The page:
From the late 60s to the early 70s, the figure of James Bond changed hands between 3 different actors like some cinematic spy version of musical chairs. Within this final call for the SPECTRE brand, up until the Daniel Craig movie of the same name, we get to see Sean Connery for one final time in the well-shined shoes of 007.
STARS – Sean Connery, Charles Gray, Jill St. John, Putter Smith & Bruce Glover
DIRECTOR – Guy Hamilton
RUN-TIME – 120 minutes
BEST LINE – This film features the zany yet gentlemanly spoken tactics of murderers Mr. Kidd and Mr. Wint, who dispatch one liners for every hopeful kill. It’s a triple threat after they think Bond has been sent to death by cremation with them quipping “very moving,” “heartwarming” and “a glowing tribute” in snappy succession as the perfect villainous Laurel and Hardy.
BEST GADGET – Even with the brains of Q being around a bit, there isn’t much to go on in the way of gadgetry. The only useful yet simple method of espionage utilized is a thin skin-like material which Bond uses to pretend he has someone else’s fingerprints on his hand.
EEK MOMENT – James in Kidd and Wint’s entombed means of possible extermination is not a pleasant way of exiting this mortal realm and as the coffin shuffles along the conveyor belt to fiery quarters, the sense of claustrophobia is well used even if this sequence is over before it really begins to fill you with dread.
00 UH-OH – A mild confusion appears over you as some acting astronauts keep in zero-gravity character instead of apprehending Bond and the subsequent moon-buggy chase is shaky and comical. Yet, it’s the later moment of the British agent kicking a cat that’s one bullying and brutal tactic against Blofeld too far and I don’t stand for that feline abuse.
ICONIC MOMENT – As Bond and Tiffany Case are part of a Las Vegas car chase, they hurtle along the strip and through a car park rife with sirens and screeches, concluding with the sight of James being forced into an alley and somehow tilting his vehicle from one angle to the other as he squeezes through a tight space—a moment any 007 fan should know about.
REVIEW – It is a shame that the emotional beat and last image of Lazenby’s solo outing is dismissed as Scottish-born Connery returns to the fold. Obviously there is some enjoyment and silliness to revel in thanks to the humor which, spoiler alert, gets increased madly by the imminent arrival of Roger Moore, but there’s something about this 007 feature that is fine, but not much else.
You’d think that getting back the director and singer for Bond gem Goldfinger would save the day, but Guy Hamilton and Shirley Bassey aren’t quite enough to make this a rocketing triumph like that gilded treat was. Saying that, there is the steady gruff charm of Connery and the campy performance of future Time Warp narrator Charles Gray, seen at some point in shocking Party City value drag to help the movie along.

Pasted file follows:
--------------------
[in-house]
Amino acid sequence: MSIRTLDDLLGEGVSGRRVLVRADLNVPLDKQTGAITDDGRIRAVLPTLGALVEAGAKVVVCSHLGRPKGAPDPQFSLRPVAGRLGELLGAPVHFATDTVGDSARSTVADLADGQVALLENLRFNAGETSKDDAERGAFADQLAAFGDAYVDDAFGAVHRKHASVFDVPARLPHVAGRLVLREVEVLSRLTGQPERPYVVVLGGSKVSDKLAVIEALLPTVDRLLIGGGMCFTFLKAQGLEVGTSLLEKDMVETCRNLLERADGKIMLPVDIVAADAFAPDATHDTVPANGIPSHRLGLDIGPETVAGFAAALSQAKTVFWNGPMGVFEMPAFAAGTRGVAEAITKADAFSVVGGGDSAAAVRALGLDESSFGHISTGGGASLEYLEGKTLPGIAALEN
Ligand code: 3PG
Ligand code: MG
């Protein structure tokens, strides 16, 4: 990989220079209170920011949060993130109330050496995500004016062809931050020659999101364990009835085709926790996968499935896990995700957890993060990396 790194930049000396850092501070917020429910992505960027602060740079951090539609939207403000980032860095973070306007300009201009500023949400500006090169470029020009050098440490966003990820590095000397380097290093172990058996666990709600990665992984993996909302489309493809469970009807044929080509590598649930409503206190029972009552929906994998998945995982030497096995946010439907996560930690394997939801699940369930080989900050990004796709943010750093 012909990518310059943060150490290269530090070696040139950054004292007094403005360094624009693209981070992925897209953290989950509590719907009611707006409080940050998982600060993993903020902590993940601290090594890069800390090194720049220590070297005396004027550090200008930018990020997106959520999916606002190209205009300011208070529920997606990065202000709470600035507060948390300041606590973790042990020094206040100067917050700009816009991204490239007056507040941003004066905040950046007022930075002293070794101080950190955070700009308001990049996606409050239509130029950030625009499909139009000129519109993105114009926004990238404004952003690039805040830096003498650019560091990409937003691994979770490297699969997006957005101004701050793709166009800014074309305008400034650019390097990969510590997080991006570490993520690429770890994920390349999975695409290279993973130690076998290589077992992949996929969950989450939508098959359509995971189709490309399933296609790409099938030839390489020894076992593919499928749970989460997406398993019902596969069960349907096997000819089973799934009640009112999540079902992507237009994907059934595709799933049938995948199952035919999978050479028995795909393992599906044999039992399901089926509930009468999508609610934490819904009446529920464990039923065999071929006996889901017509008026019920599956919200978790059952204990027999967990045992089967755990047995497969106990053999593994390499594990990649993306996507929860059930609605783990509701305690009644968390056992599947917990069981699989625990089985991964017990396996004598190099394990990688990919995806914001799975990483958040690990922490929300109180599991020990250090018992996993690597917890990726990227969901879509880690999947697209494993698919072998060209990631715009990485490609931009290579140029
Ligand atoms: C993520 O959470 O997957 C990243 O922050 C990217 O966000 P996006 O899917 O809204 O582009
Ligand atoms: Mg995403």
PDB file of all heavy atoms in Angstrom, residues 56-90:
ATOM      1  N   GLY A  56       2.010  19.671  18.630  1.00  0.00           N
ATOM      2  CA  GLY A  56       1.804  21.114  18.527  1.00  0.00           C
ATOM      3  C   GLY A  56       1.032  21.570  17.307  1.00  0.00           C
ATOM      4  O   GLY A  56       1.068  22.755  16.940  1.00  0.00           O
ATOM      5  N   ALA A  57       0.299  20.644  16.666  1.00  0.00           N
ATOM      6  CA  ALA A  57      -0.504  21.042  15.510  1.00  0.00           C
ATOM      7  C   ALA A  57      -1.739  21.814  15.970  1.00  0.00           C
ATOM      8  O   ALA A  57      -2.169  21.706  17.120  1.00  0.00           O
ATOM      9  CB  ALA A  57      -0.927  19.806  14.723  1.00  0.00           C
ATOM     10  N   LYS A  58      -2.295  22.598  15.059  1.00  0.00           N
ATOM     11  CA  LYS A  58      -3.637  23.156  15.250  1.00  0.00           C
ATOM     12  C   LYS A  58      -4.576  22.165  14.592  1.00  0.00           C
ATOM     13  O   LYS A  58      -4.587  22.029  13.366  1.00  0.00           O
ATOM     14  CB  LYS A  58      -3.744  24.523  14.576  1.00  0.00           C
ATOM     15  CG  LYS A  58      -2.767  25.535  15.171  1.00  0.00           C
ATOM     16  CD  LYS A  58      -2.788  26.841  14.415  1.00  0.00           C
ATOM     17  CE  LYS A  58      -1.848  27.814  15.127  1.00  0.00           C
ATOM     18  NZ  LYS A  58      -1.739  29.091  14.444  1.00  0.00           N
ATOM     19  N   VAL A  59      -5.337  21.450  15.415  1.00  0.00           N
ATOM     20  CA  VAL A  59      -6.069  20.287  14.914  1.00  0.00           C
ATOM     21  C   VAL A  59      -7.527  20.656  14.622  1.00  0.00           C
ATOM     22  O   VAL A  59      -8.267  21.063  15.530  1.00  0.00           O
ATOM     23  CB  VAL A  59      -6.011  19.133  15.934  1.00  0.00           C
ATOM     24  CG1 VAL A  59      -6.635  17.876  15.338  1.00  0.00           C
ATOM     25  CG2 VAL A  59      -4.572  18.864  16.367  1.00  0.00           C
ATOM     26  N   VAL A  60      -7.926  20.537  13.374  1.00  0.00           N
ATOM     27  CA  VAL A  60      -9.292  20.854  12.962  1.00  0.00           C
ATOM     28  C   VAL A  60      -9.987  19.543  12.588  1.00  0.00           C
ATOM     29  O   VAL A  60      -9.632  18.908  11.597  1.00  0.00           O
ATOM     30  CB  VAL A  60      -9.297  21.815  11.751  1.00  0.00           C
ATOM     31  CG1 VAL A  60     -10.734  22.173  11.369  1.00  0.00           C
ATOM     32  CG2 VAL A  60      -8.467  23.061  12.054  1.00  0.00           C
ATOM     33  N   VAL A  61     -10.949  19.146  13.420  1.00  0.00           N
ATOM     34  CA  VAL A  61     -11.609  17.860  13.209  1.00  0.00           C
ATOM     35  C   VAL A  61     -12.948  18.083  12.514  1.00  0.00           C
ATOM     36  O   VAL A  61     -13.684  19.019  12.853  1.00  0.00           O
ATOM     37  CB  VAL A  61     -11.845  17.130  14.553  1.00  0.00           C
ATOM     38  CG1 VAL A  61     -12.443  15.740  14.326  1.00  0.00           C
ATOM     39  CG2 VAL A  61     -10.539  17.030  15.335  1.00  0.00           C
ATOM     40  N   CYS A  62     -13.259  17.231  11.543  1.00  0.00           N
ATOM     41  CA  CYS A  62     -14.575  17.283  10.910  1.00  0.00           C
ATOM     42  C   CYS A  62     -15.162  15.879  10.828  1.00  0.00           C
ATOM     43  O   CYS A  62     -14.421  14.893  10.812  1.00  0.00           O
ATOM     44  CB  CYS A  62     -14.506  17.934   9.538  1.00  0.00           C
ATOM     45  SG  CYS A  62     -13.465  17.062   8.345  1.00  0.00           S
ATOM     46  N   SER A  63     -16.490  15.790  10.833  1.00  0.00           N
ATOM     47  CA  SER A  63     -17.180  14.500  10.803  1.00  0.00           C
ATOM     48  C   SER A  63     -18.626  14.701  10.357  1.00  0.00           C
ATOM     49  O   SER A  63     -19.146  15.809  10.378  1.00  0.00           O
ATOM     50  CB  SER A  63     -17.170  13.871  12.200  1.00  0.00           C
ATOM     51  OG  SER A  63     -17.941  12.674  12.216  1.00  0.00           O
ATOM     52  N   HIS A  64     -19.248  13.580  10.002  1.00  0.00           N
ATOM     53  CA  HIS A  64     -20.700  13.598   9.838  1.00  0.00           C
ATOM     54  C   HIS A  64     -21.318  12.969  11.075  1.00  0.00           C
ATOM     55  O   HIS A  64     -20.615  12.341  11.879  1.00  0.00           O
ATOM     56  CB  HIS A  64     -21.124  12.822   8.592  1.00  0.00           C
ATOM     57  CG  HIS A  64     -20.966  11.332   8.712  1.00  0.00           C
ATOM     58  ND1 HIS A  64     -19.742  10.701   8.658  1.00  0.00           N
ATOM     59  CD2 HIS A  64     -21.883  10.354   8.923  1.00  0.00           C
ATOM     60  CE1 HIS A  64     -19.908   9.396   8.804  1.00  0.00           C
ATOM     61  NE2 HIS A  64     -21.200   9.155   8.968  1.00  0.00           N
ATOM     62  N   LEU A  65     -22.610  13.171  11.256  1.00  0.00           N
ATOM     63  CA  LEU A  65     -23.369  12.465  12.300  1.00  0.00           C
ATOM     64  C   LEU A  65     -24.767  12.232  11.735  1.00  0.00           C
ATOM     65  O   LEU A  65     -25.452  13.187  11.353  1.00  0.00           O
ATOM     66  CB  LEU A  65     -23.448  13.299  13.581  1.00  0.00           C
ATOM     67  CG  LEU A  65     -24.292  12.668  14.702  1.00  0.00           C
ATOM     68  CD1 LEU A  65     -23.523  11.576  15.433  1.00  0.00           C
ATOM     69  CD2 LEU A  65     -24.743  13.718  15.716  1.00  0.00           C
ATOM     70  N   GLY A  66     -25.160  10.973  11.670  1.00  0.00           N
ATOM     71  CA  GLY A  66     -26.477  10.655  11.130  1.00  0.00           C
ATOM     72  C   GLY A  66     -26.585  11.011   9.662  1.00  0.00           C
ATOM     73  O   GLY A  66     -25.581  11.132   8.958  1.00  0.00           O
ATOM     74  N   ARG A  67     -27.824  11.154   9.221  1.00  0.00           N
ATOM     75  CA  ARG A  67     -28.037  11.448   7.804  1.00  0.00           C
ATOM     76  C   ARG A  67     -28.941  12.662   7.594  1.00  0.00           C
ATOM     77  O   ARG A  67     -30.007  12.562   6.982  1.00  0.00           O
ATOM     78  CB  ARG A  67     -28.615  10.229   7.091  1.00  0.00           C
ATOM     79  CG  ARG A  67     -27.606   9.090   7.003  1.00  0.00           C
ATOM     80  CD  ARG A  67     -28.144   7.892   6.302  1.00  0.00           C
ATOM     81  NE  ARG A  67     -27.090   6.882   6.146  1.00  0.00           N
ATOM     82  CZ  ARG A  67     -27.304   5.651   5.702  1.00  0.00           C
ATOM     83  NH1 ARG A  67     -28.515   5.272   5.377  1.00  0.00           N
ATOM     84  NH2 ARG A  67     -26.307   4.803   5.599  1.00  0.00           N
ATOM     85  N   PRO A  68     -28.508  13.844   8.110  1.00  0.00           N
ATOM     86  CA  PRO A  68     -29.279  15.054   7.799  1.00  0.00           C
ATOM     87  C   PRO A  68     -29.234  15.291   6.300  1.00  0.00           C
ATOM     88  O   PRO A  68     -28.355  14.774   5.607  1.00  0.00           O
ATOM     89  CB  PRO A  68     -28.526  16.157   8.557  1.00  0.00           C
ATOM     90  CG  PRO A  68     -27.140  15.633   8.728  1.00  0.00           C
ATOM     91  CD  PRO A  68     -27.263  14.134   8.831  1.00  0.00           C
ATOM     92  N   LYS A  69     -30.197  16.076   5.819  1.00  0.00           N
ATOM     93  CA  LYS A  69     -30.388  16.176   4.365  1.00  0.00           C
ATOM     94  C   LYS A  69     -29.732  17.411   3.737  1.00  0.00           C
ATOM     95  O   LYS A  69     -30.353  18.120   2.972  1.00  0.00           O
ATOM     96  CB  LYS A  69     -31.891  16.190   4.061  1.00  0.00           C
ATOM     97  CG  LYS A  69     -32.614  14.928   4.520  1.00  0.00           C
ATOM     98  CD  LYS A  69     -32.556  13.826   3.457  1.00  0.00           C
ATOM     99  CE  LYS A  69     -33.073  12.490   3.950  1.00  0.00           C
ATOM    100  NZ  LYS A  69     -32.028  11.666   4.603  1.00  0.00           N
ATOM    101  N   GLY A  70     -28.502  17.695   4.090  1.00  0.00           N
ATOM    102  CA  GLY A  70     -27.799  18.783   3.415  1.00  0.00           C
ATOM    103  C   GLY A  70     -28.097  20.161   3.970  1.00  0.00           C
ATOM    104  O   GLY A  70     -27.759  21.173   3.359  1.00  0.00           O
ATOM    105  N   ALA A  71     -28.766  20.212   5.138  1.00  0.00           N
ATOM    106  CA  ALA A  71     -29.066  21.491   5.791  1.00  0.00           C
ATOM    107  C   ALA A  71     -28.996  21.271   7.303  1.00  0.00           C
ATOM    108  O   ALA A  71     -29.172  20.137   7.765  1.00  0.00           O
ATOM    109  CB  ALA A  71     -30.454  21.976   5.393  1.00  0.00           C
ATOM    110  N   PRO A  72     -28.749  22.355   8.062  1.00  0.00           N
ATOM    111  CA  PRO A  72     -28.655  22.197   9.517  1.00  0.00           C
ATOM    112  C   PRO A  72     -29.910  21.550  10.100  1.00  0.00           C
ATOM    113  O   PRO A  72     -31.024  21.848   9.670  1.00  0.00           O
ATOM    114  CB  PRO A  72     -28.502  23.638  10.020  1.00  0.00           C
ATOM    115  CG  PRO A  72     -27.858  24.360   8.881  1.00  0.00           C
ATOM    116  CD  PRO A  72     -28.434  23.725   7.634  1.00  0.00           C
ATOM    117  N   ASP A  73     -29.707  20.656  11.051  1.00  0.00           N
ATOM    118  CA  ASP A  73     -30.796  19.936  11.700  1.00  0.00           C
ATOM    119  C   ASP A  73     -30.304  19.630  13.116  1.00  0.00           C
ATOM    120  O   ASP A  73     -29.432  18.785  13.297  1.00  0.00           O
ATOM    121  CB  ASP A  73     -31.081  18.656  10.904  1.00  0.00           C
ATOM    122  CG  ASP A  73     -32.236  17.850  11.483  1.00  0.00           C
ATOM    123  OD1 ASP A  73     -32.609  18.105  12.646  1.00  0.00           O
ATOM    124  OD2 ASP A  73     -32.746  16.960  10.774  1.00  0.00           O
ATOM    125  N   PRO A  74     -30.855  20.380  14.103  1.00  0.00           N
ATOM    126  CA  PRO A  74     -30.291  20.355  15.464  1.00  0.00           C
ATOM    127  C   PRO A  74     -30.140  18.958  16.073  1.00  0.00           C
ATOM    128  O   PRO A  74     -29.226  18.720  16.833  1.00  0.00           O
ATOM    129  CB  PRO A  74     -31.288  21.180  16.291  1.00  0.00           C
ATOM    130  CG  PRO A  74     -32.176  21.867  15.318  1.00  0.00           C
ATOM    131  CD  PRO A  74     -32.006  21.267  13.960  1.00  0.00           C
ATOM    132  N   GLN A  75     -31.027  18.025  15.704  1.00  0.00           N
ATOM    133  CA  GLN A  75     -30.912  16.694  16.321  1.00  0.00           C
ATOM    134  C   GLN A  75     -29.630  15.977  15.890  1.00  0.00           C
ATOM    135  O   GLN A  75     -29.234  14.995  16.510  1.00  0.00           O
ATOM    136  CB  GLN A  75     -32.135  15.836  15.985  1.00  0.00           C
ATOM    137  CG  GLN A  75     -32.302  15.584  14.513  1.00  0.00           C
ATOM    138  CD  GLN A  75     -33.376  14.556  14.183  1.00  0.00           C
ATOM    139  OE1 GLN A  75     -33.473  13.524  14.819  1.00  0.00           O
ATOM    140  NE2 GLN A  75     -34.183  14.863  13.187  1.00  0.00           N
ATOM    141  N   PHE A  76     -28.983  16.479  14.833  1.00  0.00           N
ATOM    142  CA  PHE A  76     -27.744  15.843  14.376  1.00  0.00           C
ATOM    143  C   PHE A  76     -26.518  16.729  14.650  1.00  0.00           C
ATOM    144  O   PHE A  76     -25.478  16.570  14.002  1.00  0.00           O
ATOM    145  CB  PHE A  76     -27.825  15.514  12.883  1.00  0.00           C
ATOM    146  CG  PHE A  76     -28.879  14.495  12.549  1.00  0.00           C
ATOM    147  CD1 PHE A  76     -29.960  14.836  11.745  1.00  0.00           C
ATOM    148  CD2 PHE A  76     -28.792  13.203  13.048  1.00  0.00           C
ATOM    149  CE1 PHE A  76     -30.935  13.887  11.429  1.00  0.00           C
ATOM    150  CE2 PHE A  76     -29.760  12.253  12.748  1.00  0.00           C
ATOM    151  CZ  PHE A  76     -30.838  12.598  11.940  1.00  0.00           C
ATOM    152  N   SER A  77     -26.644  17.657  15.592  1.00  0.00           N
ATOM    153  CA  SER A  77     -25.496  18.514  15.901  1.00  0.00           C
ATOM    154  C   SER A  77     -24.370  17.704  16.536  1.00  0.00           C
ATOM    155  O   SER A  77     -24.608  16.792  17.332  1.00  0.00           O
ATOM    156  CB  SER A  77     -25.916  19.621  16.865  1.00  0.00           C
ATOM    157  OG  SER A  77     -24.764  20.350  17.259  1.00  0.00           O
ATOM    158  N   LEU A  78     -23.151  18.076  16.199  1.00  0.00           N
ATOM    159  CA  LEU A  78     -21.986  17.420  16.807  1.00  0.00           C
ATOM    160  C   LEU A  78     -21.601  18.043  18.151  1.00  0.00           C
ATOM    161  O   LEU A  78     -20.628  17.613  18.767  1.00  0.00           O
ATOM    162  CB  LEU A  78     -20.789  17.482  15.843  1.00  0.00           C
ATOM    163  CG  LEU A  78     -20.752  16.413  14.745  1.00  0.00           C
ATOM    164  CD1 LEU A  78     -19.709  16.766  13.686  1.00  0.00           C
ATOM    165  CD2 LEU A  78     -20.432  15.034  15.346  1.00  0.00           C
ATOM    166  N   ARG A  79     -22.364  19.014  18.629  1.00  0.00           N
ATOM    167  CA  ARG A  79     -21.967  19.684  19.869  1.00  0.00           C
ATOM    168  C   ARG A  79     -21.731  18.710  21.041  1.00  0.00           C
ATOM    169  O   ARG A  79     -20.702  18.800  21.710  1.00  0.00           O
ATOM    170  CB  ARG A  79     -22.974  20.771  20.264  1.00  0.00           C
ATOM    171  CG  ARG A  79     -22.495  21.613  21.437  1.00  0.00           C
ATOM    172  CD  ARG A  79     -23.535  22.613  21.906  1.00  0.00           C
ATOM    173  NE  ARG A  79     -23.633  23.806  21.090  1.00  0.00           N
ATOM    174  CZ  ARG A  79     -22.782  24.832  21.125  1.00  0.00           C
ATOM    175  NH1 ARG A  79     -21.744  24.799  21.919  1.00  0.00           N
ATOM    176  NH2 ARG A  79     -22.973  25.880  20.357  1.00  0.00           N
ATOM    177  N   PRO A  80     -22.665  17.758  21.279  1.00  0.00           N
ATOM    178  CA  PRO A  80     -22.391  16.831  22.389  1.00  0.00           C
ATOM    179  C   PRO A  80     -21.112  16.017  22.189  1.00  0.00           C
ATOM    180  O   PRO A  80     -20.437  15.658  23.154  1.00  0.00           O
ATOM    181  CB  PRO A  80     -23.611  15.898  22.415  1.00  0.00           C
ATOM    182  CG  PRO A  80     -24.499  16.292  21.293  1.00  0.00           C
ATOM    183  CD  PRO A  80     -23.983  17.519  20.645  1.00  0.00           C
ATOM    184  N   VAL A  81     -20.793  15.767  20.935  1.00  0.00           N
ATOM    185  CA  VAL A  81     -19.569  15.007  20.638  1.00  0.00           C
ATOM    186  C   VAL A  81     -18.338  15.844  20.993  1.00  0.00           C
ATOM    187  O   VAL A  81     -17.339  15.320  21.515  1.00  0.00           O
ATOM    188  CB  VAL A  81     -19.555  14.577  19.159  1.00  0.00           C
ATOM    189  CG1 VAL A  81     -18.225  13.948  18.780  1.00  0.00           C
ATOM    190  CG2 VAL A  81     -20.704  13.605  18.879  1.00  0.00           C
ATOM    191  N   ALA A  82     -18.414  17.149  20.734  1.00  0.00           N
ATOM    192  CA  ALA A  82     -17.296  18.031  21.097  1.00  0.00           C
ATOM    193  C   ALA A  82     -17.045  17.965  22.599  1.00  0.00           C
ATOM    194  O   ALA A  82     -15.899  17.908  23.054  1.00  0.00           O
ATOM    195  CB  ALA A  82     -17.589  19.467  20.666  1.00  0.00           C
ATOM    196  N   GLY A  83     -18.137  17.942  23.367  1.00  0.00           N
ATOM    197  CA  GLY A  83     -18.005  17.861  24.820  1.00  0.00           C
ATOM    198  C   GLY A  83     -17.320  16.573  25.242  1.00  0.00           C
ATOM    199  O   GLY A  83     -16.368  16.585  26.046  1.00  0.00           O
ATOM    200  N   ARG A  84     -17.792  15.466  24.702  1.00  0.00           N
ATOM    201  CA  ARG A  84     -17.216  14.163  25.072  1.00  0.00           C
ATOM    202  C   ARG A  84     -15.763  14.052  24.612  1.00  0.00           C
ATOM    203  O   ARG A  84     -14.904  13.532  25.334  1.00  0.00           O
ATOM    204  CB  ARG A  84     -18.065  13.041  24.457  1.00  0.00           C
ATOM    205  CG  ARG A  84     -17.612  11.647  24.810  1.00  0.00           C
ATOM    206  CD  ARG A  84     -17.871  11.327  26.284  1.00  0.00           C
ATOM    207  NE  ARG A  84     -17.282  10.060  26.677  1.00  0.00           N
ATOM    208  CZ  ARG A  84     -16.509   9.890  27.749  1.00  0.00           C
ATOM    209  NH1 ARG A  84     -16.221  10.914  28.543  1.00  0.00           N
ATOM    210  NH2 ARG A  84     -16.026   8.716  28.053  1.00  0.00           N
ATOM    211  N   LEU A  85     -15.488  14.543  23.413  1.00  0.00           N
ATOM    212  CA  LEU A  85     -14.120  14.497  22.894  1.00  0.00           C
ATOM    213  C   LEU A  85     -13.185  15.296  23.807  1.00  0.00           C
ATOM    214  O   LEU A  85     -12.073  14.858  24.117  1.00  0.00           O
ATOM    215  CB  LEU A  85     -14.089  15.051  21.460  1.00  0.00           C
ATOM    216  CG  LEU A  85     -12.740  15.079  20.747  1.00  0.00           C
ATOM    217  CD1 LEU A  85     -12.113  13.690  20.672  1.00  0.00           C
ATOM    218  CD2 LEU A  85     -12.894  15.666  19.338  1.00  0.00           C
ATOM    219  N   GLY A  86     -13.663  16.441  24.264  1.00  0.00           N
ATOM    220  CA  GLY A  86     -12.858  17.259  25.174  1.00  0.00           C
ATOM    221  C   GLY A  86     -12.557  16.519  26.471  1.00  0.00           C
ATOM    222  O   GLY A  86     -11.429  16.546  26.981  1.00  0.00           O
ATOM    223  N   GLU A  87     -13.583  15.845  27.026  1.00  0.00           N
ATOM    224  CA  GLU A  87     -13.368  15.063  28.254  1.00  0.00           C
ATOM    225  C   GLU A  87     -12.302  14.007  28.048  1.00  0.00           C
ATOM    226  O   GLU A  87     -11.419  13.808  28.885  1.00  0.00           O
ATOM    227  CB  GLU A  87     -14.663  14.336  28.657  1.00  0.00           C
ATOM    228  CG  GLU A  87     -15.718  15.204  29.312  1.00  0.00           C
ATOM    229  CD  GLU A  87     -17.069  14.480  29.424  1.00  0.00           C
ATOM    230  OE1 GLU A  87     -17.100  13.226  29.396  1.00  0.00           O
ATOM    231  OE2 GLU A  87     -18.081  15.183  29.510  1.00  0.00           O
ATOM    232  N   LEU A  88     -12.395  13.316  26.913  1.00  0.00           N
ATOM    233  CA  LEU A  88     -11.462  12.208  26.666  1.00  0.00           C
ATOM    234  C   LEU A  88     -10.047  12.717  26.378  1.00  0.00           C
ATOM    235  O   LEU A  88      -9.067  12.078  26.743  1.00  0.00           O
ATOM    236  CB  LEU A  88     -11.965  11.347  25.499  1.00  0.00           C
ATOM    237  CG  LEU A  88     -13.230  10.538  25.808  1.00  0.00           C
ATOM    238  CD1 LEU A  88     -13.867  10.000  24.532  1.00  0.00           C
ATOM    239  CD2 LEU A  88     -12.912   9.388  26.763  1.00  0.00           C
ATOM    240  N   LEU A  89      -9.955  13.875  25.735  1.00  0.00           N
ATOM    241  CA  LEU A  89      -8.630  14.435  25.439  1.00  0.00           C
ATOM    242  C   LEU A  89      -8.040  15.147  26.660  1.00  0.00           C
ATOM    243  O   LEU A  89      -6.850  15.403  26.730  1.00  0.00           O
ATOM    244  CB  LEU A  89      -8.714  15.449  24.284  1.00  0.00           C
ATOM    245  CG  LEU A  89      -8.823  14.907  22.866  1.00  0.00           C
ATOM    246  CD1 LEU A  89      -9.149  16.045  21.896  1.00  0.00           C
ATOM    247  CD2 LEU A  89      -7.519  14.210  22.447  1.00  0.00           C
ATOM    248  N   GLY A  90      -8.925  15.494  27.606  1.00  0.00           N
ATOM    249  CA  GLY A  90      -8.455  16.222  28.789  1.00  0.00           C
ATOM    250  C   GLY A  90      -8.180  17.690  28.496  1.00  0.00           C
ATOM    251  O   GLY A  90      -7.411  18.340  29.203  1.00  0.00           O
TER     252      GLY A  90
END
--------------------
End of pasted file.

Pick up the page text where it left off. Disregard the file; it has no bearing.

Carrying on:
This film does have some nice differences such as seeing Moneypenny out of office, and a glitzy casino set Vegas location which is practically the perfect backdrop for the suited spy. Then there’s the dual-handed efforts of Mr. Kidd and Mr. Wint which spices up the henchman quota, even if they do lack any connection to Blofeld and are seemingly forgotten about before a cruise scene gets stitched on to see their characters bite the dust.
Along the diamond hunt plot are a good many over-egged zooms which are less dramatic and more clunky, but this cheesy technical tension is forgivable as it seems the whole film is gearing up to set Austin Powers in motion; the theatrics of Blofeld, some cloning, the schmoozing of Bond and names like Plenty O’Toole and a funeral director called Slumber, with that the mood of the film is fully summed up.
There does come strange gym happy acrobatic fighting lasses named Bambi and Thumper after desert set chases, space missiles, Amsterdam stop-offs and circus stalking which makes this movie feel somewhat disjointed as random confrontations try to amp up the tension but have you thinking the SPECTRE organisation has had its day. The diamond trail is the simple and easy excuse the filmmakers have in darting from scene to scene.
The Bond Girl is useless, Connery seems to phone it in and most aspects feel very chaotic but even with the almost pointless excursion to retrieve diamonds eventually lost to space there is fun and glamour to sit back and let wash over you.